This Blog post is the second—the first is HERE—in a four-part series of article summaries from the EU H2020-funded BRaVE project’s First Monday Special Issue exploring societal resilience to online polarization and extremism. Read the full article HERE [Ed.].
By James Fitzgerald
The rise of QAnon presents researchers with a number of important questions. While emerging literature provides insights into how QAnon exists online, there is a dearth of theoretical engagement with the questions of why it exists, and what conditions brought it into being. The open-access journal article on which this post is based seeks to address this gap by contextualizing QAnon as an ontological phenomenon underpinned by anxiety and inquiring into the identity formation strategies employed by the movement.
The growth of QAnon
On 28 October 2017, a user named ‘Q’ began to post ‘highly classified US government secrets’ on 4chan’s /pol/ (politically incorrect) discussion board. Taken individually, the Q drops are mostly rhetorical and often nonsensical. Early musings such as “Why did Soros donate all his money recently?” (28 October 2017) and “Why is POTUS surrounded by generals?” (29 October 2017) may mean little in isolation, but these drops coalesce around specific themes, tend to leverage major occurrences in U.S. politics, and are umbilically tied to the promotion of now former U.S. President Donald Trump as a modern-day saviour.
Sober engagement with the core tenets of QAnon tends to result in reflexive derision and disbelief. Nevertheless, over the course of its existence, QAnon has grown from an obscure sequel to the Pizzagate conspiracy to a global phenomenon that some see as totemic of our ‘post-truth’ ontology. Q adherents have not only run for U.S. Congress but, in the case of Marjorie Taylor Green, have been elected. Of more immediate concern, perhaps, QAnon is implicated in a number of acts of political violence, with the FBI designating it a domestic terrorist threat in 2019. It is also apparent that many of the Capitol Hill attackers on 6 January 2021 were committed QAnon believers, including the infamous ‘Q-Shaman’ (Jacob Chansley), who breached the U.S. Senate Chamber wearing face paint, jogging pants, and a pair of horns.
It fascinates for obvious reasons, but the societal conditions that underpin and sustain its growth remain to be adequately theorised: we possess a substantial understanding of how QAnon exists online, but this needs to be reconciled with why it exists and how it is that communal identity lies at its core. My First Monday article offers a contribution to the puzzle. It begins by examining the importance of ontological identity formation and argues that our collective transition to a more dislocated ‘second modernity’ underlies a global spike in mass anxiety.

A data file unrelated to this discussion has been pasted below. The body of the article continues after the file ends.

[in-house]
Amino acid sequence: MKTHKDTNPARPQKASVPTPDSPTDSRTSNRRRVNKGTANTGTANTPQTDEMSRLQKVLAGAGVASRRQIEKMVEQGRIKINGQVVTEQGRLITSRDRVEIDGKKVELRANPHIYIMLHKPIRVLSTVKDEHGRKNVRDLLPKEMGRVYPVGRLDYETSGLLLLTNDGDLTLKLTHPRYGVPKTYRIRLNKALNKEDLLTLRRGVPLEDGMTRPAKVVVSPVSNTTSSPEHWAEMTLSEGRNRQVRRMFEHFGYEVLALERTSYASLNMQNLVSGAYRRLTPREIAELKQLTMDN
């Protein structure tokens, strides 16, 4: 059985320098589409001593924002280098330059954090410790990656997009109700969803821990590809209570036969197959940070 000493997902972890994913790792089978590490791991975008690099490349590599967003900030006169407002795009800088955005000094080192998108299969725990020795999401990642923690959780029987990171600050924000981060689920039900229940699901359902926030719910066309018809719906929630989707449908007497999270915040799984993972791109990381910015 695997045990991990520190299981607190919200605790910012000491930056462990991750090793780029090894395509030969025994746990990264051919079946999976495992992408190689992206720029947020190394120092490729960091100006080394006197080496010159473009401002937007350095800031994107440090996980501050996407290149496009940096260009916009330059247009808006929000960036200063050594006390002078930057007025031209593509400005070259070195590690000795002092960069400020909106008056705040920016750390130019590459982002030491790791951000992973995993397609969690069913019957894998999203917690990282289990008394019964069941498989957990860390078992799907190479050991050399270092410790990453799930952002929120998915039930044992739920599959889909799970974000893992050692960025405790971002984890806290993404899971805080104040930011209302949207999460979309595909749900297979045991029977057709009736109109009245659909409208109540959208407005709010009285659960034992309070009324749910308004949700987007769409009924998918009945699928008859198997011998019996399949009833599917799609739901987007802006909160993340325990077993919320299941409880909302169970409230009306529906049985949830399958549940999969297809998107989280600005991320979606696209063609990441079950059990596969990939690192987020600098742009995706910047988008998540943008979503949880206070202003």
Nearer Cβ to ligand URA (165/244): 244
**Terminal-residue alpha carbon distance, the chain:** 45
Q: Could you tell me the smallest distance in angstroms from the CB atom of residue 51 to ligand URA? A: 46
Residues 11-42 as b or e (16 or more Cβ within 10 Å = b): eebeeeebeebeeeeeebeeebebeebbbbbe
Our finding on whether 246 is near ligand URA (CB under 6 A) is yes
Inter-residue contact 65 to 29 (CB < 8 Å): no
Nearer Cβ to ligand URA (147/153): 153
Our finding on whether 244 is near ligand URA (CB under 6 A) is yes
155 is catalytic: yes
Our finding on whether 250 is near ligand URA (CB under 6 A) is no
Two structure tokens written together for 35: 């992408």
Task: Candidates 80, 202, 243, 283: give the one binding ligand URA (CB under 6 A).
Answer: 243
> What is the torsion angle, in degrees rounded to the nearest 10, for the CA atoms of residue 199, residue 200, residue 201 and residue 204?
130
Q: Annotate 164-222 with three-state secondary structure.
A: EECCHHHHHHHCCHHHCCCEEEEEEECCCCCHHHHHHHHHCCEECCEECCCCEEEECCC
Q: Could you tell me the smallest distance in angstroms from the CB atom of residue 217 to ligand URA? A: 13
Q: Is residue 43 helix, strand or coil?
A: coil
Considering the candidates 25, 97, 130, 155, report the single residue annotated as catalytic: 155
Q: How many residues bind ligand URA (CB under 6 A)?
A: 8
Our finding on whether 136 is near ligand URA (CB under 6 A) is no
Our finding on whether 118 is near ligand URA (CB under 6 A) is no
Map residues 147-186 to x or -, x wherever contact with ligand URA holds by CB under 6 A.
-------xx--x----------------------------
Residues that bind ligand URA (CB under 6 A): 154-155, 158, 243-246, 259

Thereafter, conspiracy theories are presented as dynamic simplifying devices that help individuals and communities to address this ontological anxiety, with anti-scientific discourses (which are also hallmarks of second modernity) particularly to the fore. It argues that while the much-vaunted accelerant effect of social media (and the recommender systems therein) significantly contributes to the spread of QAnon content and related falsehoods, its role must be seen as supplementary to underlying processes of ontological identity formation, rather than as causal.
The second half of the paper provides a qualitative (discourse) analysis of the QAnon canon, delving into its core processes of identity formation, with an eye to how it creates a communal feedback loop centered around an emancipatory narrative of morality; a second sub-section investigates how QAnon has interacted with anti-vaxx conspiracies (and vice versa) to enhance the power of its message in the context of COVID-19. It concludes by introducing empathy as a potential avenue for agonistic ‘de-polarization’, recognising that QAnon has been born out of deep ontological fissures that cannot be wholly solved via classic strategies such as content takedowns and de-platforming.